On the Attitude/Action of a Bodhisattva towards the partner…(Dzongsar Khyentse Rinpoche, Love and Relationships Q&A)

Question: How would a bodhisattva or one gone beyond react or not react to a partner who may be forgetting emptiness, is suffering from expectations of you?

Rinpoche: How would the bodhisattvas what?

Question: How would a bodhisattva react to a partner who is forgetting emptiness and expecting a lot of the bodhisattva?

Rinpoche: Oh, well; if this bodhisattva knows emptiness, then he or she must have compassion. So someone who is compassionate will look at the partner with compassion like a mother who has extra love for sick person, eh, sick child. The bodhisattva will have more love and compassion to the partner who doesn‟t understand emptiness. That‟s easy to answer. That‟s very Buddhist…okay.

Insights into How Partners could help each other in the Spiritual path… (Dzongsar Khyentse Rinpoche, Love and Relationships Q&A

Question: Thank you. Rinpoche, share some insights on how people could use each other as merits for each other’s spiritual quest.

Rinpoche: That, that’s possible. That’s possible. You just; you know, I was telling earlier beginning to give freedom to each other – that is always the key. And especially if both partners have a, you know, same direction such as if both believe in the same spiritual path. Then they can exchange their notes. They can volunteer to be the object of patience. You know, the Sunday, maybe you take over; you know, Monday, the partner – you know like that and remind her. Oh, that’s very possible. You are talking about the Mahayana level, right? – Yeah, very possible.

Question: Thank you. I just like how to – the suggestions?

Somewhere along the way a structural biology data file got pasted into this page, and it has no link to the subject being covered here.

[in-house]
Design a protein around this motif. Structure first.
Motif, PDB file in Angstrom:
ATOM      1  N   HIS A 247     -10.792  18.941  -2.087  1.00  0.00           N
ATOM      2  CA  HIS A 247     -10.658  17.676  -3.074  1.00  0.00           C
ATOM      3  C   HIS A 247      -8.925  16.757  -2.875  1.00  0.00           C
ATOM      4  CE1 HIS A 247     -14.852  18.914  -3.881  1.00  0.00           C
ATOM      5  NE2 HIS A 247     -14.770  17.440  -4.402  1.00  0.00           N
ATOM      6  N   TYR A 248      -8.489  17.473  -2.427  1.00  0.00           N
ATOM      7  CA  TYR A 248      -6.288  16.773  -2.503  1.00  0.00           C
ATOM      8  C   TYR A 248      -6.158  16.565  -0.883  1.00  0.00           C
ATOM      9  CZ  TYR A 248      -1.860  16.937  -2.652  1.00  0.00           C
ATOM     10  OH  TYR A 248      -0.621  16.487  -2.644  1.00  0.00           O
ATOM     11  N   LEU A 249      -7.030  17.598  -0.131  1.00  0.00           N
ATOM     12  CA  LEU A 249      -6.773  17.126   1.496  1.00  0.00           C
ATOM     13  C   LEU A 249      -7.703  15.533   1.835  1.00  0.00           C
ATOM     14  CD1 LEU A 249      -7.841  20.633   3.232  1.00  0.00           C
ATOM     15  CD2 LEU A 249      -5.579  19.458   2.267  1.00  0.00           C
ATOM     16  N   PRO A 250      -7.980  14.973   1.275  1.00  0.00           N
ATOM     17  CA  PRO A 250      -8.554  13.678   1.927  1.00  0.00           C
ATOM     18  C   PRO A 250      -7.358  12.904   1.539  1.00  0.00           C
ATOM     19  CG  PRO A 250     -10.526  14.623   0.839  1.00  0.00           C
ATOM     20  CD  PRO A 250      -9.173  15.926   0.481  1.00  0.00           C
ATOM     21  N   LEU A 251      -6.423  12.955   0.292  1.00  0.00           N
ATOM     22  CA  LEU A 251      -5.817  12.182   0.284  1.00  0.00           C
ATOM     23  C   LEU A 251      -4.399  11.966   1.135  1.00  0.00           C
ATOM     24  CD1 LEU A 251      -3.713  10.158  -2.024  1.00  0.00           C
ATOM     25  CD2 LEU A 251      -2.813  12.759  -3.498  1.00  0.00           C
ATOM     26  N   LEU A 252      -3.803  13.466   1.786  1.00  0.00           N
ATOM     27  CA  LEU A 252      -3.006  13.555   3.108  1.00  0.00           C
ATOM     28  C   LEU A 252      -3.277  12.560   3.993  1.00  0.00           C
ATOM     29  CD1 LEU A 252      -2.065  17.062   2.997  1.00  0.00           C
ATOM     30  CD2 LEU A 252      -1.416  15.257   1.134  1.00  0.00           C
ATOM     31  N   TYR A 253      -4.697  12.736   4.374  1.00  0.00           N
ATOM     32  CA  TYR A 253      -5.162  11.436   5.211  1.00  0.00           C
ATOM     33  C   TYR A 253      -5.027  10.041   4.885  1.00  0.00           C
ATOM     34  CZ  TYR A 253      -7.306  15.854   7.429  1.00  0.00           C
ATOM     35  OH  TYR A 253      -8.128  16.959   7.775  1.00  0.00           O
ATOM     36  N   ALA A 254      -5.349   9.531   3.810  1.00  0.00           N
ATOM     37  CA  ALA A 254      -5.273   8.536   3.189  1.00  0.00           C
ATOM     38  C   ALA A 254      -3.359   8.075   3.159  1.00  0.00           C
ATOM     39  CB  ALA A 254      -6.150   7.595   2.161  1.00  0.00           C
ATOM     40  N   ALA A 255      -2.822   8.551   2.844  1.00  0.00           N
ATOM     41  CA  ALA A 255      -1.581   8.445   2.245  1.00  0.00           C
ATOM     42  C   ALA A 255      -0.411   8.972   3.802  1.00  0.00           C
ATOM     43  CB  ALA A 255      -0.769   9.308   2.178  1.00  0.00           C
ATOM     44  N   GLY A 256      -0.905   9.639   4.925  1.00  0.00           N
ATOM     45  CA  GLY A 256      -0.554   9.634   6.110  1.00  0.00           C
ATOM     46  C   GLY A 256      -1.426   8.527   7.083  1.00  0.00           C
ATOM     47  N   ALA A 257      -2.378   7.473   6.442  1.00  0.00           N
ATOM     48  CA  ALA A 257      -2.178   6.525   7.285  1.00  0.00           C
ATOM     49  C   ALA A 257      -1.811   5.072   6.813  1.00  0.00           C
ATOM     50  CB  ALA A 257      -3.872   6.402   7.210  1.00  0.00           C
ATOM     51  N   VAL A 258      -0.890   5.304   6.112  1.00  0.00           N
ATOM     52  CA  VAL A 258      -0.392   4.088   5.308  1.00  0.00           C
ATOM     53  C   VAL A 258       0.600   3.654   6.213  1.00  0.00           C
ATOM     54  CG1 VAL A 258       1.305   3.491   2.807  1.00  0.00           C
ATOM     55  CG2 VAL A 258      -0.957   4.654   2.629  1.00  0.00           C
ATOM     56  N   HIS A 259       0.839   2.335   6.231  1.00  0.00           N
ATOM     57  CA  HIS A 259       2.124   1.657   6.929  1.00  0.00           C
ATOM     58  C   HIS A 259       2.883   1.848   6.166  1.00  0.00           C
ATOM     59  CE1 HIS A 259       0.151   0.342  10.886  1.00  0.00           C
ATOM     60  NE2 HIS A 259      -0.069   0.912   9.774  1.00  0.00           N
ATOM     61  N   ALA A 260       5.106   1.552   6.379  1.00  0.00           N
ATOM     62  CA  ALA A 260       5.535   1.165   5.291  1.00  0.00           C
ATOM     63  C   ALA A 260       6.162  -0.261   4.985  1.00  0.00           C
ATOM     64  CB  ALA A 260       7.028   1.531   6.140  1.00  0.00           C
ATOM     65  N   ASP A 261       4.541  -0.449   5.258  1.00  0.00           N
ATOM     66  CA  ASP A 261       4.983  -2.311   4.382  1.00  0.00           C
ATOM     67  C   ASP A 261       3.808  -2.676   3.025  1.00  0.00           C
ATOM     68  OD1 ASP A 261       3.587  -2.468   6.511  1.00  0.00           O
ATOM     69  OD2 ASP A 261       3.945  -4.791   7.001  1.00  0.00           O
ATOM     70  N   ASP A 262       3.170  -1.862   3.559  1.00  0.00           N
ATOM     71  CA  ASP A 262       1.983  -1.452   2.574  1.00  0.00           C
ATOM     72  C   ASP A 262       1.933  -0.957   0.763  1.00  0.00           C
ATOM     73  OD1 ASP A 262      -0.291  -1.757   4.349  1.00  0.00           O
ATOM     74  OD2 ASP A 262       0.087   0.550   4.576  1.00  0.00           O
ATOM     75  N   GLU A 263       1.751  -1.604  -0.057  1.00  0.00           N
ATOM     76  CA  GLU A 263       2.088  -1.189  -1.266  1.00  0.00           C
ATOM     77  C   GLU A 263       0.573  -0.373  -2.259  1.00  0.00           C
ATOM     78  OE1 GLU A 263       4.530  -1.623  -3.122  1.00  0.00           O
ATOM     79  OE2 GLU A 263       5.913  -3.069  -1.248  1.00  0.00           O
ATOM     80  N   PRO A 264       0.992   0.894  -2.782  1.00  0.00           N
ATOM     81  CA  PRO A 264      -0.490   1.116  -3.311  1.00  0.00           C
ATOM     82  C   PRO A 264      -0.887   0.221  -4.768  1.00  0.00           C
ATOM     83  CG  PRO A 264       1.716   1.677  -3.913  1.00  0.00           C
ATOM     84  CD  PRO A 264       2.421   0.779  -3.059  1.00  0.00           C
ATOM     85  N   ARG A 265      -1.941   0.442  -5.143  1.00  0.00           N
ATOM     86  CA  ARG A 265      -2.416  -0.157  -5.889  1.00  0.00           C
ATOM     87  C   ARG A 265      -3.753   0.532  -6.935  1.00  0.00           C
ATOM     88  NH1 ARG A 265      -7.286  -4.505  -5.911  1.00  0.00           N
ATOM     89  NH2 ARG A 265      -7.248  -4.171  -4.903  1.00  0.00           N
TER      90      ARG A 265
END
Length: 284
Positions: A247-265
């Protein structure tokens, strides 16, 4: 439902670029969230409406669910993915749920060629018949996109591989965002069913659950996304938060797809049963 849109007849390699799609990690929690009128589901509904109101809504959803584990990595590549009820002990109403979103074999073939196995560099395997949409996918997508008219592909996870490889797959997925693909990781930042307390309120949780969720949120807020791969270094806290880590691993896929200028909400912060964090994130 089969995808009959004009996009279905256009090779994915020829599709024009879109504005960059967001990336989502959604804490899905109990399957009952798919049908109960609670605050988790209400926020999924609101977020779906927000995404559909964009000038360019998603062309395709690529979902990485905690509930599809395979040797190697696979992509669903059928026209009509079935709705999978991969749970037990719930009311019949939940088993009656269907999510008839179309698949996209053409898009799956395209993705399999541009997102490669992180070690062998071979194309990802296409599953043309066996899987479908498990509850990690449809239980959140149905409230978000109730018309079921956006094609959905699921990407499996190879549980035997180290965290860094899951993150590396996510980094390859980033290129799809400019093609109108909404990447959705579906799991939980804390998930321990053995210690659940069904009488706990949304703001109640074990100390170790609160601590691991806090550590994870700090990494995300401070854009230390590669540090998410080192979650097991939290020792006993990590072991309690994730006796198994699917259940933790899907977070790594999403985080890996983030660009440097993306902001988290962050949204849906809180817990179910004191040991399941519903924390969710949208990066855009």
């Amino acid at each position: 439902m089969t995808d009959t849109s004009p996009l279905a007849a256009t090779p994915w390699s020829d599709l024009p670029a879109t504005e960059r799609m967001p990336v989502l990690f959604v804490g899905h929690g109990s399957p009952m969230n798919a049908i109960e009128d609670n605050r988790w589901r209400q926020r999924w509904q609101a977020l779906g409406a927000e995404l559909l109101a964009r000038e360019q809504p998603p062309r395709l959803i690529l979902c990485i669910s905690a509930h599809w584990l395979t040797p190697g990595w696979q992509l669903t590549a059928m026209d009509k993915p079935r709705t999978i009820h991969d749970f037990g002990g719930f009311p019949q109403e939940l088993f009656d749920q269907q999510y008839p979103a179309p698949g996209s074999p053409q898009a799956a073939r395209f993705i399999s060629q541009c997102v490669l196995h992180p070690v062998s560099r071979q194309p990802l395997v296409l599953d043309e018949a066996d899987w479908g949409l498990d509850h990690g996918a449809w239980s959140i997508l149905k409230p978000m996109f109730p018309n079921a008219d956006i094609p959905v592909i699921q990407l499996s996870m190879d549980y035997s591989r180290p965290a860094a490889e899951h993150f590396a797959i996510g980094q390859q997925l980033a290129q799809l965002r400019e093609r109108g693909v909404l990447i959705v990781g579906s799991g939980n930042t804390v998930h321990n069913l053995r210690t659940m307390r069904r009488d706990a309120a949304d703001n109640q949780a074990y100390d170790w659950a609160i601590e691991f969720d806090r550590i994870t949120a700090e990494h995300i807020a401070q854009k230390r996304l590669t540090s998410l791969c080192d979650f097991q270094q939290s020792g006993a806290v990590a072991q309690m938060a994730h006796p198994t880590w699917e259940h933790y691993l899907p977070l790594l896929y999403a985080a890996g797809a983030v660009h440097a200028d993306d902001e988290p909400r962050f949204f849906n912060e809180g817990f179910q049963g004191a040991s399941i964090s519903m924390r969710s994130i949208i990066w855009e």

Rinpoche: As I was saying, really, I wasn’t really being amusing here to actually; eh, I suggested to a few people to take turns, like this week the husband is not allowed to lose patience; next week, you know, like that, eh, and contemplation. Eh, and you know it’s like this; so co-spiritual path requires, let’s say mindfulness; spiritual path like mindfulness. It’s easy to be mindful when you are sitting on a cushion inside a shrine room. It is – that’s good; but you have more bonuses if you can be mindful when you

are losing your temper or emotion. So that you can exercise with your partner; you can also pledge together that’s what you too will do. And it really works…okay.


Question: The greatest love is to love oneself, right? If I love myself enough, then I don’t need any love from others, right? How to gain my internal strength to love myself in order to love others?

Rinpoche: I see. This is a little bit tricky question, eh, because generally we do love ourselves, eh, but I have a feeling in this case, the term is not really love. I think it‟s more like respect.

Eh, of course, when we say love someone, we actually mean that I love myself, I want you to also love me (laughter). It‟s kind of; we‟re looking for double happiness (laughter). But eh, gaining the respect for oneself, especially in Mahayana Buddhism, we must have the confidence of having the buddha nature. I think that is probably the best.

Okay, I think; I know there are many questions but time is running out. We have, I am sure there are a lot more exciting things to do today for all of you. And eh, I‟m happy that we have this encounter and this discussion. I don‟t, recalling what we have done the past two hours, I don‟t think we have done anything meaningful but it was eh, good that we sort of stuck together. Anyway, mm, try to reflect our emotional life a little bit.

I don‟t know; so therefore I don‟t know whether there is any merit in what we have done the past two hours. But IN CASE there is, then let us dedicate this merit to all those who are looking for love or those who are longing for love, those who are already in love, those who are struggling with a relationship, those who are struggling not having a relationship, those who are, eh, what you call it, eh, longing for companionship, those who are lonely, those who are overly not lonely, all of those – may they all see the fact and the truth of our existence.

And if you were there last night, as I said, eh, the relative truth of, I mean the truth of this cyclic, samsaric existence is, at the end of the day – eventually samsaric life cannot be fixed. You have to accept that. You have to accept that we all have terminal disease. We just have to accept – sooner or later, everything is going to fall apart. That is a good beginning. Thank you. (Huge applause)

Transcribed from YouTube video: Dzongsar Khyentse Rinpoche on Love & Relationships – Q&A section, 8 April 2012, Singapore.